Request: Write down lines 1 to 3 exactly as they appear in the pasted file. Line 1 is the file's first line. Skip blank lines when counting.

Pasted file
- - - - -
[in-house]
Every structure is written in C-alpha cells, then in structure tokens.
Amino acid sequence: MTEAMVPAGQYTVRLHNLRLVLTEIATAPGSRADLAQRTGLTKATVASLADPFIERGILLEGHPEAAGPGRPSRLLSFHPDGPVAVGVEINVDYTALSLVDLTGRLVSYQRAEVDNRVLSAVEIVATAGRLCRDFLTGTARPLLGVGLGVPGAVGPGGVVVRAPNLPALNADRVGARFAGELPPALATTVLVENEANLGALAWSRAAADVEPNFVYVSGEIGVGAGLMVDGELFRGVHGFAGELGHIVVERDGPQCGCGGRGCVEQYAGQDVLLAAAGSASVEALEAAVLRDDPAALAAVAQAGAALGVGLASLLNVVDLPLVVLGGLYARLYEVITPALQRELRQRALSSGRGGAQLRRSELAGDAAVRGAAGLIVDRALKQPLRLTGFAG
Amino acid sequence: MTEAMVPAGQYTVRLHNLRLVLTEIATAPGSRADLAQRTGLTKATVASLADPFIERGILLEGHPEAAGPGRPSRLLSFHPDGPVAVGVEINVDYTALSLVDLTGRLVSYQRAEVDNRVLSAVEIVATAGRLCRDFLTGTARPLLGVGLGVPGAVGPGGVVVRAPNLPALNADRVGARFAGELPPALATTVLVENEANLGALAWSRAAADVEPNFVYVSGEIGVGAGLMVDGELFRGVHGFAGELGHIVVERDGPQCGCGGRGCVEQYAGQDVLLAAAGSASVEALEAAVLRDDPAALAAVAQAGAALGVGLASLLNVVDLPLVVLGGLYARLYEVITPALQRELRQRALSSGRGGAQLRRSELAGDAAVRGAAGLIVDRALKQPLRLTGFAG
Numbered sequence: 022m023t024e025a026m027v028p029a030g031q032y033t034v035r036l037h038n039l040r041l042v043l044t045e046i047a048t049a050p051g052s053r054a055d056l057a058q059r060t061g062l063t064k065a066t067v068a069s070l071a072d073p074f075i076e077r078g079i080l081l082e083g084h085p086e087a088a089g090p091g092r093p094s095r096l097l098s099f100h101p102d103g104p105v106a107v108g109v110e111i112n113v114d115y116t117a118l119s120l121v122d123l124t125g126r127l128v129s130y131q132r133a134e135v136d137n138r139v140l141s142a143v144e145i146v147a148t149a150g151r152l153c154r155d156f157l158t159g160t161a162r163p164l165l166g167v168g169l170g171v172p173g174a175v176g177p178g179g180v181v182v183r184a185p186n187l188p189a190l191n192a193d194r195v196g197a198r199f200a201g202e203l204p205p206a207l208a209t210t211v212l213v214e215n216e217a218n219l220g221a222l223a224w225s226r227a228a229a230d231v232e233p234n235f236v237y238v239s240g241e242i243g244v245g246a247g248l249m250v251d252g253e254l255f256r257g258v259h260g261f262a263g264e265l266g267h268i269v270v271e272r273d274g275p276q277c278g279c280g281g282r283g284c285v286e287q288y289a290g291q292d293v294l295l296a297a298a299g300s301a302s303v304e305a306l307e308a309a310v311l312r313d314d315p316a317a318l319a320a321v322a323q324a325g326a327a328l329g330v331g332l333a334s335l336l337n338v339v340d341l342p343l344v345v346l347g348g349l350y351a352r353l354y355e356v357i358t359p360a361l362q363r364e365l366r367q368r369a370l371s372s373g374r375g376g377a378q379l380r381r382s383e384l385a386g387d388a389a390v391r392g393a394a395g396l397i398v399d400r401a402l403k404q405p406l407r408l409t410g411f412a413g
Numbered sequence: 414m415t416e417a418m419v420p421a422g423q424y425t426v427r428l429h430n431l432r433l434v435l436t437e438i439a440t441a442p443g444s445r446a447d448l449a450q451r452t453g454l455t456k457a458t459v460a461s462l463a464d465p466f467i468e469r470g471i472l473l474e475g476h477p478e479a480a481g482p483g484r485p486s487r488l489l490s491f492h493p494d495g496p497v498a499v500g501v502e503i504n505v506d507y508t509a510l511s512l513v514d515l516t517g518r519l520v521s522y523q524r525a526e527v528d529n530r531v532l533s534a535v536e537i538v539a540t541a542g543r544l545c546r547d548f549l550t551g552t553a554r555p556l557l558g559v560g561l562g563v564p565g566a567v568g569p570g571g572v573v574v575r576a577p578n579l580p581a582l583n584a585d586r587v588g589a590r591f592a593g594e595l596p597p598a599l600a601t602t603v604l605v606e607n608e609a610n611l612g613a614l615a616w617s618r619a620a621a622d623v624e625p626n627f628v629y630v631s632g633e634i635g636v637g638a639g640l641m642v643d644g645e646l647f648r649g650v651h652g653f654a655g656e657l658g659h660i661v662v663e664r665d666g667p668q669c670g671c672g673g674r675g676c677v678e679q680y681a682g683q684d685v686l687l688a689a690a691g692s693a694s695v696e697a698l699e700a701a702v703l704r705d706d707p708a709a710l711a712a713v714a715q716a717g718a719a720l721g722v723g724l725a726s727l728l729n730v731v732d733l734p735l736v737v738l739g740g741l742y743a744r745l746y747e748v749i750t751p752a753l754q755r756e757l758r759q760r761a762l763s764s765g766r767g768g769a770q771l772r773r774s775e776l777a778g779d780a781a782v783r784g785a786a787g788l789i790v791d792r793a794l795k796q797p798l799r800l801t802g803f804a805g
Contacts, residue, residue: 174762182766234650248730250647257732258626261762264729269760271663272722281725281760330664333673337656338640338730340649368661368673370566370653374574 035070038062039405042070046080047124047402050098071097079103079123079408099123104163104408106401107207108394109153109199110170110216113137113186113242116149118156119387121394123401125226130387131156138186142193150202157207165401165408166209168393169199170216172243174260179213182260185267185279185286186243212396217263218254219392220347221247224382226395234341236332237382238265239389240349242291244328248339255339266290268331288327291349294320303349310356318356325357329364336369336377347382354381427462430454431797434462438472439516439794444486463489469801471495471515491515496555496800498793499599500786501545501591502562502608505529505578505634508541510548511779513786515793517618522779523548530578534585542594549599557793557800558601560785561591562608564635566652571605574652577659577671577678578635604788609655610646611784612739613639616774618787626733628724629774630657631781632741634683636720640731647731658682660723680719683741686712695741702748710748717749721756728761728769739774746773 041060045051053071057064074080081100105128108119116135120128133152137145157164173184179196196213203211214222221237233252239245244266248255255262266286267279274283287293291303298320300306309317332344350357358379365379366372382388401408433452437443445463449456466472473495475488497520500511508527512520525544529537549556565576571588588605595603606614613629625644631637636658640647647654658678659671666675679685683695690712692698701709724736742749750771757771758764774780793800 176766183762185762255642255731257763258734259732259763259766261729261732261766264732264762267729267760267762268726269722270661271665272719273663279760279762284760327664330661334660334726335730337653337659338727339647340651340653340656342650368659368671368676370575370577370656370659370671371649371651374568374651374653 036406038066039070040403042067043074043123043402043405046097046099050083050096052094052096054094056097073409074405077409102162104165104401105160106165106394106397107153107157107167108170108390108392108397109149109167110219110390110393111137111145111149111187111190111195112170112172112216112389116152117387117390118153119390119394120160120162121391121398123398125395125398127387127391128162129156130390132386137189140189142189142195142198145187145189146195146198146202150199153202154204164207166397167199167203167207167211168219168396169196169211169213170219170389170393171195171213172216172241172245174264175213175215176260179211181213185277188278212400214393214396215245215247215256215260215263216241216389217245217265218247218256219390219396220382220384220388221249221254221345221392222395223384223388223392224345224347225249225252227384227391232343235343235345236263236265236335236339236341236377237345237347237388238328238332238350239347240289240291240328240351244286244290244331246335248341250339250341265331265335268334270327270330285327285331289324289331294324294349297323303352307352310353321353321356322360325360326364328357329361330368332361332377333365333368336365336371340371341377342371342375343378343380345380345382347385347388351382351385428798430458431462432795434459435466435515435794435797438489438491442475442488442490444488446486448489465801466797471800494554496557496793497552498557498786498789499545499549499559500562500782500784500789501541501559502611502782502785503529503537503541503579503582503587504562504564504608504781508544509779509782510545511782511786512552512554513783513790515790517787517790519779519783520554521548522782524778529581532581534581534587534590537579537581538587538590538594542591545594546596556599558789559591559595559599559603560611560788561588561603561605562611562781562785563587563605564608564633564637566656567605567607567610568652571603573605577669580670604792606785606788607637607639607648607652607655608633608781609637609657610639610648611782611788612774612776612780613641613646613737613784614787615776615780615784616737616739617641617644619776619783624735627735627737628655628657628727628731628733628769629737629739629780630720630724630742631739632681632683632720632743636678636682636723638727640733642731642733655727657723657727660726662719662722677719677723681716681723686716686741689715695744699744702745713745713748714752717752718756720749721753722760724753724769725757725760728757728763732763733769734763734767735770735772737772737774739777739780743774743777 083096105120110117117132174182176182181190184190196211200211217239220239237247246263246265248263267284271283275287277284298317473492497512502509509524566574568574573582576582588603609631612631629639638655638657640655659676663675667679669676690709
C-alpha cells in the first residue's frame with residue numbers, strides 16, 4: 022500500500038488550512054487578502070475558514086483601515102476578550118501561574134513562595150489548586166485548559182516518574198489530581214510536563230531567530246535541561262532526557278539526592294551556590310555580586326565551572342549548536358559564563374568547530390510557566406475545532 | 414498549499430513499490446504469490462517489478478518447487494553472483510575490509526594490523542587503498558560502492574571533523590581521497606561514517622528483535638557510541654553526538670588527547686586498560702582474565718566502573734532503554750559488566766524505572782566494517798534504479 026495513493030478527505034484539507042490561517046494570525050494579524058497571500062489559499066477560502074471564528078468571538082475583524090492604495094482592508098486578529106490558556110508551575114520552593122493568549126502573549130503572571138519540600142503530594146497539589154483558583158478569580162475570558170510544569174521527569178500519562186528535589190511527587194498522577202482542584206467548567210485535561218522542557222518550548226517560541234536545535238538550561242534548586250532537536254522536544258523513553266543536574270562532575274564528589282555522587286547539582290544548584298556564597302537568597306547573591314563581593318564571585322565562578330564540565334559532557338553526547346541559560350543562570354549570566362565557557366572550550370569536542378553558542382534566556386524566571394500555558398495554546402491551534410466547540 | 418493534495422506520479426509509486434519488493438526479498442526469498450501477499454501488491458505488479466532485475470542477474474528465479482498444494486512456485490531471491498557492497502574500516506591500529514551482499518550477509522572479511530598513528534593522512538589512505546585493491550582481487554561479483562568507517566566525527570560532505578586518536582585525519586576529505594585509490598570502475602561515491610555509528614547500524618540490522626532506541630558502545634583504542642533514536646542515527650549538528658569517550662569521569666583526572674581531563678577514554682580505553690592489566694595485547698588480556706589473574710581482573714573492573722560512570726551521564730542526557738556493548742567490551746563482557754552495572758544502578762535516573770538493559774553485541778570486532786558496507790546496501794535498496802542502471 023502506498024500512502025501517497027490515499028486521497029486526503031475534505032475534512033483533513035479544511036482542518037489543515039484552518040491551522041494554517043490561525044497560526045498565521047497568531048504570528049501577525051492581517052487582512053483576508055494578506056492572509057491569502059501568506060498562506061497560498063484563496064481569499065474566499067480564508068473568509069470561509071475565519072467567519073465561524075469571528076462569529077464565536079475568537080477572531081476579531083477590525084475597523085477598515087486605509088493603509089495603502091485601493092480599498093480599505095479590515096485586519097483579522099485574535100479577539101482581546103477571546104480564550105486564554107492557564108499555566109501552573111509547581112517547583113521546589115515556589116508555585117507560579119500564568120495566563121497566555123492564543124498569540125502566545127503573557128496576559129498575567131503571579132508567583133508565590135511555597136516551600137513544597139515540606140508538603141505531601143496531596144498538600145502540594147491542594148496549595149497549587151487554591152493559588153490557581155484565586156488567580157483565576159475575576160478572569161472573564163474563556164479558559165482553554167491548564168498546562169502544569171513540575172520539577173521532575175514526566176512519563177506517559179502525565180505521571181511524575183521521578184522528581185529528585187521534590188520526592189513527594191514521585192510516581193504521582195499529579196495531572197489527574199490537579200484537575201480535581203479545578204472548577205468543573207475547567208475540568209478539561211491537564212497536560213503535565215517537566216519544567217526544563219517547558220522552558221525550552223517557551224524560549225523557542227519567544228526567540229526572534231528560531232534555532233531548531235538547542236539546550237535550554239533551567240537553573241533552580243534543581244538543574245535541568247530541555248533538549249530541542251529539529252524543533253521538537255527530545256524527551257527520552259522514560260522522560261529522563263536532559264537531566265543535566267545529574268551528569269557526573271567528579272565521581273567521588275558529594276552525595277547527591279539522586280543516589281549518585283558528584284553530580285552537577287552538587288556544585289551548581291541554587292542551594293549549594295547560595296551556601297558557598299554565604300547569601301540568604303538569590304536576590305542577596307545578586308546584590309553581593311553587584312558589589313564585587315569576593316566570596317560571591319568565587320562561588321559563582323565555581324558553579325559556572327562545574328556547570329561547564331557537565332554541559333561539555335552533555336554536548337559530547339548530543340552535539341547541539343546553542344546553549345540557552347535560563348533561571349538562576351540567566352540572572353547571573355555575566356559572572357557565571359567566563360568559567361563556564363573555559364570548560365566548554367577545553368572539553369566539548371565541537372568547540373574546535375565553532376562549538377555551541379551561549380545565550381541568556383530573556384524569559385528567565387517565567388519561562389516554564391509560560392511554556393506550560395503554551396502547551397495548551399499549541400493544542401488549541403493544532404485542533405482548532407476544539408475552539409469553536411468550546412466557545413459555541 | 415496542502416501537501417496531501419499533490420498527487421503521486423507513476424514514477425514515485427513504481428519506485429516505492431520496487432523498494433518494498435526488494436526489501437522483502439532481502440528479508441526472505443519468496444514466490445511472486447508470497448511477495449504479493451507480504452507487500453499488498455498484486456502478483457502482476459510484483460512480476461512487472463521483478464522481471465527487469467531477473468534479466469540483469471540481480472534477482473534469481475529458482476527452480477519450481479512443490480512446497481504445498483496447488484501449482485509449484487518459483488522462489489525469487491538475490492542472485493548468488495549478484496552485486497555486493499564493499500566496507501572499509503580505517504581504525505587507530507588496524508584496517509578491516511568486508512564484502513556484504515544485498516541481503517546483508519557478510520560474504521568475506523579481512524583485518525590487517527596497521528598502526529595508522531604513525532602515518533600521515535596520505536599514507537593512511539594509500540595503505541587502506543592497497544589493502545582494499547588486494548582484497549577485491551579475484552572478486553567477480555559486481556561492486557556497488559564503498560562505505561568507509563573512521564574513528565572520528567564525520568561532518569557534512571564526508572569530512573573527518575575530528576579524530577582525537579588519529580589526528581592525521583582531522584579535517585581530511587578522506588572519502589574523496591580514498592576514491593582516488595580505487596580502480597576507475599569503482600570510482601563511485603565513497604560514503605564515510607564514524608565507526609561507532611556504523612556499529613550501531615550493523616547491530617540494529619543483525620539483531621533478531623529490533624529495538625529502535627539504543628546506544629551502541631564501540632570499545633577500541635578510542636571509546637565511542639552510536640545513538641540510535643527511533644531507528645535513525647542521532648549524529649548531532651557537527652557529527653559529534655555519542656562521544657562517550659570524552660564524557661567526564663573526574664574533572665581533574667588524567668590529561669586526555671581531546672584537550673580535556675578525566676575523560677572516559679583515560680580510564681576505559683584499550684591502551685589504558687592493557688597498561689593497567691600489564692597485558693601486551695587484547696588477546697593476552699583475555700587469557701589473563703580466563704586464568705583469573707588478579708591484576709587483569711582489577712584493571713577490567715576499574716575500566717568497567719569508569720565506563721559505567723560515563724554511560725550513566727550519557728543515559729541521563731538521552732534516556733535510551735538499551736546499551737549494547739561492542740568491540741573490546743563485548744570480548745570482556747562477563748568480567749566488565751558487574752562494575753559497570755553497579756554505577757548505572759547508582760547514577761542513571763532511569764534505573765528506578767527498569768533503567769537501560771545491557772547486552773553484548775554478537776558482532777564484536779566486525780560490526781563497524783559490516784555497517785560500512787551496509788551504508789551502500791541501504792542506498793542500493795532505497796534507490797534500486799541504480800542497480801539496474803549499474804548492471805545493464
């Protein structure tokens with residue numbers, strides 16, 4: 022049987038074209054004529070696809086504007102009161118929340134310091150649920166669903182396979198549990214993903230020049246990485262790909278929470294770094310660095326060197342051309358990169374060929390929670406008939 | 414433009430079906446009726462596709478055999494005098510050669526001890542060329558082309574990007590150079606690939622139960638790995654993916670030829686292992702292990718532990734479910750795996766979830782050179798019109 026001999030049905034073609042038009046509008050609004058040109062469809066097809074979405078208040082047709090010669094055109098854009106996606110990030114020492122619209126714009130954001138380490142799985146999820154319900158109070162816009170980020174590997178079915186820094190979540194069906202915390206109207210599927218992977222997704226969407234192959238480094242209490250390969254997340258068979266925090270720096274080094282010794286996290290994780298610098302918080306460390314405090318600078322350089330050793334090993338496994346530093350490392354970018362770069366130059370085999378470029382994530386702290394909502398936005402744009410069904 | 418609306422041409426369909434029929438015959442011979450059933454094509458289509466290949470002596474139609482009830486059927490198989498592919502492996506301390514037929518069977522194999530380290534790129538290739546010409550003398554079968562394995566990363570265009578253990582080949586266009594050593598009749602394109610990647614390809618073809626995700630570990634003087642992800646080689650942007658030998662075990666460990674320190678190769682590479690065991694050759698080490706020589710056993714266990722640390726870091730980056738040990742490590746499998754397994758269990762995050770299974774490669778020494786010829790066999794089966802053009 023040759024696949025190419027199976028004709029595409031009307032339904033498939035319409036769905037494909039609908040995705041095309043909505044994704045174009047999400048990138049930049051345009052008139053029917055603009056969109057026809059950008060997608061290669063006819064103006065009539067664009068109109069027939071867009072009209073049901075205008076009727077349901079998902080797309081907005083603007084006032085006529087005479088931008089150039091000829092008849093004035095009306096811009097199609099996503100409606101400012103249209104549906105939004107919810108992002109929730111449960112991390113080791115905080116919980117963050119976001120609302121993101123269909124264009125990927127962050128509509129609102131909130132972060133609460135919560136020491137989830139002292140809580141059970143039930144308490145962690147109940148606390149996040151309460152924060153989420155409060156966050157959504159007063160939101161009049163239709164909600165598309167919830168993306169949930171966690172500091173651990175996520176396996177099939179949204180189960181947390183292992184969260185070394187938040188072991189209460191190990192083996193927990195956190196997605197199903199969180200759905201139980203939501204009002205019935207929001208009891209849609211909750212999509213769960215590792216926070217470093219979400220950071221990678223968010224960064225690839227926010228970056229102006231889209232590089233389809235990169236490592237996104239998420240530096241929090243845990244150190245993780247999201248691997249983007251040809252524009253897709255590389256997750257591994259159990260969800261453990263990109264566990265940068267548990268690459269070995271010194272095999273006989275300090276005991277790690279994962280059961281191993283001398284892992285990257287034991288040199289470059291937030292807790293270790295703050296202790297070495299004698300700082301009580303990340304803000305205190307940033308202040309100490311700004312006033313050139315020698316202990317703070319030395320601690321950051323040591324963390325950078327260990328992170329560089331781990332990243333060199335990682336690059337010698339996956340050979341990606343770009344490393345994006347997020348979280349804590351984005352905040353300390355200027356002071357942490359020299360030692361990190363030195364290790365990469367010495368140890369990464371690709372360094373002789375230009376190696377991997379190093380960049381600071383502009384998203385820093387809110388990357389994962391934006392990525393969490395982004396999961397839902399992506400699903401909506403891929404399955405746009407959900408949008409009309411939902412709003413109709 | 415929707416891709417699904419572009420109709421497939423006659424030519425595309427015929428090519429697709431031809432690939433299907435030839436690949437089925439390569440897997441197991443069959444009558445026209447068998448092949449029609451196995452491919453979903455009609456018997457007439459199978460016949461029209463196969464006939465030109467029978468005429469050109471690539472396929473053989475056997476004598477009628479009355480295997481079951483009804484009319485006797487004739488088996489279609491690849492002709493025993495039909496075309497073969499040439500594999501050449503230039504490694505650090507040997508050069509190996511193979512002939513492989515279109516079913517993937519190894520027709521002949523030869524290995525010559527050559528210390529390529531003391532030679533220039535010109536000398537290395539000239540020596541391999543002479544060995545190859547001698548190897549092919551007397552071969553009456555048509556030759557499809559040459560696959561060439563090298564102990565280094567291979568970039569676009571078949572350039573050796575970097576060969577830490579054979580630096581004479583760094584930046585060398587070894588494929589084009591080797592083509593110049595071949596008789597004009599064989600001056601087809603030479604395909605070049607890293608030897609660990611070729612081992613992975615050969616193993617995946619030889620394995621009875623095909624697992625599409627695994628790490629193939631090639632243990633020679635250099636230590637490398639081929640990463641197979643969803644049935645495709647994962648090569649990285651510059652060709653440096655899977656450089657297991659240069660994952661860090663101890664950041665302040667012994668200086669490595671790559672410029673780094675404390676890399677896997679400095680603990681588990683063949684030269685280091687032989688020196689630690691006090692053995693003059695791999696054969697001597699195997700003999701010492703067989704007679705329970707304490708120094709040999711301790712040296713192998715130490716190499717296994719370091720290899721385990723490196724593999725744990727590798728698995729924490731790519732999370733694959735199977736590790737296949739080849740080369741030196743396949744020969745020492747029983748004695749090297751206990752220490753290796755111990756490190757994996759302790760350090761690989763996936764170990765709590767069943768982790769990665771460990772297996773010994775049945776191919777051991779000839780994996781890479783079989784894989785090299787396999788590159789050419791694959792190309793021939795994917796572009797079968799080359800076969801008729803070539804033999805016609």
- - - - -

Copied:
[in-house]
Every structure is written in C-alpha cells, then in structure tokens.
Amino acid sequence: MTEAMVPAGQYTVRLHNLRLVLTEIATAPGSRADLAQRTGLTKATVASLADPFIERGILLEGHPEAAGPGRPSRLLSFHPDGPVAVGVEINVDYTALSLVDLTGRLVSYQRAEVDNRVLSAVEIVATAGRLCRDFLTGTARPLLGVGLGVPGAVGPGGVVVRAPNLPALNADRVGARFAGELPPALATTVLVENEANLGALAWSRAAADVEPNFVYVSGEIGVGAGLMVDGELFRGVHGFAGELGHIVVERDGPQCGCGGRGCVEQYAGQDVLLAAAGSASVEALEAAVLRDDPAALAAVAQAGAALGVGLASLLNVVDLPLVVLGGLYARLYEVITPALQRELRQRALSSGRGGAQLRRSELAGDAAVRGAAGLIVDRALKQPLRLTGFAG